Assistance Dogs Provide Help and Love

For people with disabilities and even medical conditions, assistant dogs can be fantastic help, not to mention they provide great companionship and an invaluable sense of security. 

While most people are familiar with guide dogs that help people who are blind or visually impaired,  a  variety  of  assistance  dogs  are   also  trained  to  help  people  with  physical disabilities,  hearing  loss,  and  various  medical conditions.

Unlike most pets, assistance dogs are highly trained canine specialists—often golden and labrador retrievers, and German shepherds—that know approximately 40 to 50 commands, are amazingly well-behaved and calm, and are permitted to go anywhere the public is allowed. Here’s a breakdown of the different types of assistance dogs and what they can help with.

Service dogs

These dogs are specially trained to help people with physical disabilities due to multiple sclerosis, spinal cord injuries, Parkinson’s disease, chronic arthritis, and many other disabling conditions. They help by performing tasks their owner cannot do or has trouble doing, like carrying or retrieving items, picking up dropped items, opening and closing doors, turning lights on and off, assisting with dressing and undressing, helping with balance, household chores, and more.

Guide dogs

For the blind and visually impaired, guide dogs help their owner get around safely by avoiding obstacles, stopping at curbs and steps, negotiating traffic and more.

Hearing dogs

For those who are deaf or hearing impaired,  hearing  dogs  can  alert  their  owner to  specific sounds, such as ringing telephones, doorbells,  alarm  clocks,  microwave  or  oven timers,  smoke  alarms,  approaching  sirens, crying  babies,  or  someone  calling  out  their name.

Seizure alert/response dogs

For people with epilepsy or other seizure disorders, these dogs can recognize the signs that their owner is going to have a seizure and provide them with advance warning, so he or she can get to a safe place or take medication to prevent the seizure or lessen its severity. They are also trained to retrieve medications and use a pre-programmed phone to call for help. These dogs can also be trained to help people with diabetes, panic attacks, and various other conditions.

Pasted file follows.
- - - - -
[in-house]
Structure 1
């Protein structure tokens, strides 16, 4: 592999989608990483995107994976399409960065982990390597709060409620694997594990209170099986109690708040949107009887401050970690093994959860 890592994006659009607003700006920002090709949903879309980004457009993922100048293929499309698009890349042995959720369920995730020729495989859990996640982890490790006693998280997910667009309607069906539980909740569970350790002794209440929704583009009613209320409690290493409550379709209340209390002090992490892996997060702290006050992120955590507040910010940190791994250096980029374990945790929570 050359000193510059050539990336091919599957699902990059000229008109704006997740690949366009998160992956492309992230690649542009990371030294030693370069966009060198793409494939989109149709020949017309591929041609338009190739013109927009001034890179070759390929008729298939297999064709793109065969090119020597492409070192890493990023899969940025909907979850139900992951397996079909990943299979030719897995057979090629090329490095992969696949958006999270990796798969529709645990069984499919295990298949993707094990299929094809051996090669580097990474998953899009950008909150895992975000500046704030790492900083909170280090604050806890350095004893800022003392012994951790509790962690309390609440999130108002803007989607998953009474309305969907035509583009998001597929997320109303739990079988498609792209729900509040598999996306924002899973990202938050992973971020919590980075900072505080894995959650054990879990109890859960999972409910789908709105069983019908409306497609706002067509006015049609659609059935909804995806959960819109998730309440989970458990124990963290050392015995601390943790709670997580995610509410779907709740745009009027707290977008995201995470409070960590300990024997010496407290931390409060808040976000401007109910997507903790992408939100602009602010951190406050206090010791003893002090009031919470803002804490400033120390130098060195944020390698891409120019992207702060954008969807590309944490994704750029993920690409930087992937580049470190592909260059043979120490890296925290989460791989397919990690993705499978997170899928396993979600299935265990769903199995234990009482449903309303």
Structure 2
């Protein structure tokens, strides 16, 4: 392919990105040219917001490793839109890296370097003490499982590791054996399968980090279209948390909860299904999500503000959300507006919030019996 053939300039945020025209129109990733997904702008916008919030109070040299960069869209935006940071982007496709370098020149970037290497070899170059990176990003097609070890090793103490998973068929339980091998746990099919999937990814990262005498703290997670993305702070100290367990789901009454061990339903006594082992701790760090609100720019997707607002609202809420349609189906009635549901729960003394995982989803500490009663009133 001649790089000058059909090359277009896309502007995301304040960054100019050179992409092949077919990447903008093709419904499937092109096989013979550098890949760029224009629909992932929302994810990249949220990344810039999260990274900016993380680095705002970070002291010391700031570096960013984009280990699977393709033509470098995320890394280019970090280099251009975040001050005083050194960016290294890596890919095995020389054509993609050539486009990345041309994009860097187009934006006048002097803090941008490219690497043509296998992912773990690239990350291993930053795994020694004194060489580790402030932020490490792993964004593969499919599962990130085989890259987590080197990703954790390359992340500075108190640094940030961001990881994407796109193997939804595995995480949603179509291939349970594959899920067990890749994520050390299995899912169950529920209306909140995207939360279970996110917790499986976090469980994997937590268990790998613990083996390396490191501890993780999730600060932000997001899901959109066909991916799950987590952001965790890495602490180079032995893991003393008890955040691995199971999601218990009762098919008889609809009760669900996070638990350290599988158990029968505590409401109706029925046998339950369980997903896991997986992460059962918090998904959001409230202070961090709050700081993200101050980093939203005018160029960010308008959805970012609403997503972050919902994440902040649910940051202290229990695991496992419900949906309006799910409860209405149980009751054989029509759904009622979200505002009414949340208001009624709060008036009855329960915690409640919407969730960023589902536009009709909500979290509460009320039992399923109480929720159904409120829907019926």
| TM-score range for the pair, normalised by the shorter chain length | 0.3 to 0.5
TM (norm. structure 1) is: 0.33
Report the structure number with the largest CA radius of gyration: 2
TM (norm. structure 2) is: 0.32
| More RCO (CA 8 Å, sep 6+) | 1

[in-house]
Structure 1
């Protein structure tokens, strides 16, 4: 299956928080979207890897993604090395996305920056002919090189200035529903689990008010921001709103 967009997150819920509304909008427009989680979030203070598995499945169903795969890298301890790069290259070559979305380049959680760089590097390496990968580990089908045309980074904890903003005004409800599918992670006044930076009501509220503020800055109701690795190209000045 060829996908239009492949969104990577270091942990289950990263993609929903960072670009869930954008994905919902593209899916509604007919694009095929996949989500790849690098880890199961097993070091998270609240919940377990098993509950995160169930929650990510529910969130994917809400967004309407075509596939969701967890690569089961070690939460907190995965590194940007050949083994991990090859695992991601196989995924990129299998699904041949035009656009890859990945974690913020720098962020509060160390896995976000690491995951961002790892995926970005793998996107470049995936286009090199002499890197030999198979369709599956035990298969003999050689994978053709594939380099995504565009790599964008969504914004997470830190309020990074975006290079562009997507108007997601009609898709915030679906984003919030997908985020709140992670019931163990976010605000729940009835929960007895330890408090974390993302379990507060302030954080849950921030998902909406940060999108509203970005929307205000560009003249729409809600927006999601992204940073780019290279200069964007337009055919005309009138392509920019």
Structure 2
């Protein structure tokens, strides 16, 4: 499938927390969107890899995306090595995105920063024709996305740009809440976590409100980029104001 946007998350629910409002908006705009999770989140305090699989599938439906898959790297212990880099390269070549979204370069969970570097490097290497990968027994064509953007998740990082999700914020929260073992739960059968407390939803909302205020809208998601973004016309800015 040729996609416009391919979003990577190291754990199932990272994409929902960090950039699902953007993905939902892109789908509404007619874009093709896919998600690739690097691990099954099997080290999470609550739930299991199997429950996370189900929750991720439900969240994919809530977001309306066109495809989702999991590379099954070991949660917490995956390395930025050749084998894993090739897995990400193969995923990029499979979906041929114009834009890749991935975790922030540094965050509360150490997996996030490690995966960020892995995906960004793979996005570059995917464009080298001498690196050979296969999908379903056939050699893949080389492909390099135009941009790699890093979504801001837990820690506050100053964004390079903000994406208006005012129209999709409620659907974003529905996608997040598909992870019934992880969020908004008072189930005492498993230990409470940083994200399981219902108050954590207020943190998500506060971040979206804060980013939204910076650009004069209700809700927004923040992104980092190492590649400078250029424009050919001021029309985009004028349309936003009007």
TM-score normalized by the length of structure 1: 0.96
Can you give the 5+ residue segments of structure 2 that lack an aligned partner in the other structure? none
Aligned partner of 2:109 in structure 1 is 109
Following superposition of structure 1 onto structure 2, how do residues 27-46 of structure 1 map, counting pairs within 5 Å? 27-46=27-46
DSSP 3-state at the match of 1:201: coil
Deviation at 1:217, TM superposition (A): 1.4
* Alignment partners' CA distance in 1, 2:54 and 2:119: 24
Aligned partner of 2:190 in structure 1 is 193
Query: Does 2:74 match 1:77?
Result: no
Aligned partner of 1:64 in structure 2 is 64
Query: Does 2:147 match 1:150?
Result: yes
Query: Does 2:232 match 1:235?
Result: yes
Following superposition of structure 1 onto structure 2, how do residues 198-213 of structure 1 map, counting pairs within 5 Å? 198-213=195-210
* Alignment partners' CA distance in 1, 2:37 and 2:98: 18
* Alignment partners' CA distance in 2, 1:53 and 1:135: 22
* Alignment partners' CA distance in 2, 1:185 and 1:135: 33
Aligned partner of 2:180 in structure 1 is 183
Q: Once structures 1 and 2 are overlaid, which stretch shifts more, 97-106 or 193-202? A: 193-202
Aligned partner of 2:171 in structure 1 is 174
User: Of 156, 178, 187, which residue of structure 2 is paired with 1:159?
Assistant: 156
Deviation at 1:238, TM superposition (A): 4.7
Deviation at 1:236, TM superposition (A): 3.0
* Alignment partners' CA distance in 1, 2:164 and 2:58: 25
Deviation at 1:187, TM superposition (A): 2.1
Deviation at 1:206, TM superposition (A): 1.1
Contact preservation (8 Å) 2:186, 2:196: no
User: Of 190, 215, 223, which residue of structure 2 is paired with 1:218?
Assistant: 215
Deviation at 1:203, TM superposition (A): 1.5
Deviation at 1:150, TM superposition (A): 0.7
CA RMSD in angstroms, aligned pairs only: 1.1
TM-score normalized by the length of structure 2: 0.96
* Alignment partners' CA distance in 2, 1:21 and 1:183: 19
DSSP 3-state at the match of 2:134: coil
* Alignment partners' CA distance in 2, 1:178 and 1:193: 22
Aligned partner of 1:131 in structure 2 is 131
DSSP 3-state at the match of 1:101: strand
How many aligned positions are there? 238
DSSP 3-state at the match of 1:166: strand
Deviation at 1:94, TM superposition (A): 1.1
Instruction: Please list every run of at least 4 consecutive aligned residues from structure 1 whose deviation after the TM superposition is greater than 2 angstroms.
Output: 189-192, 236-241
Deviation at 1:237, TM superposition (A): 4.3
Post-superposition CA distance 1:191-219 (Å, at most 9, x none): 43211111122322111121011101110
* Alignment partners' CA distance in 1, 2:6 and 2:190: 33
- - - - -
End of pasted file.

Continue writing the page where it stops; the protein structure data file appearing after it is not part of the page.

Finding a Dog

If your sister is interested in getting a service dog, contact some assistance dog training programs. To find them, Assistance Dogs International provides a listing of around 65 US programs on their website, which you can access at AssistanceDogsInternational.org.

After you locate a few, you’ll need to either visit their website or call them to find out the types of training dogs they offer, the areas they serve, if they have a waiting list, and what upfront costs will be involved. Some groups offer dogs for free, some ask for donations, and some charge thousands of dollars.

To get an assistance dog, your sister will need to show proof of her disability, which her physician can provide, and she’ll have to complete an application and go through an interview process. She will also need to go and stay at the training facility for a week or two, so she can get familiar with her dog and get training on how to handle it.

It’s also important to understand that assistance dogs are not for everybody. They require time, money, and care that your sister or some other friend or family member must be able and willing to provide. MSN

Send your senior questions to: Savvy Senior, P.O. Box 5443, Norman, OK 73070, or visit SavvySenior.org. Jim Miller is a contributor to the NBC Today show and author of The Savvy Senior book.

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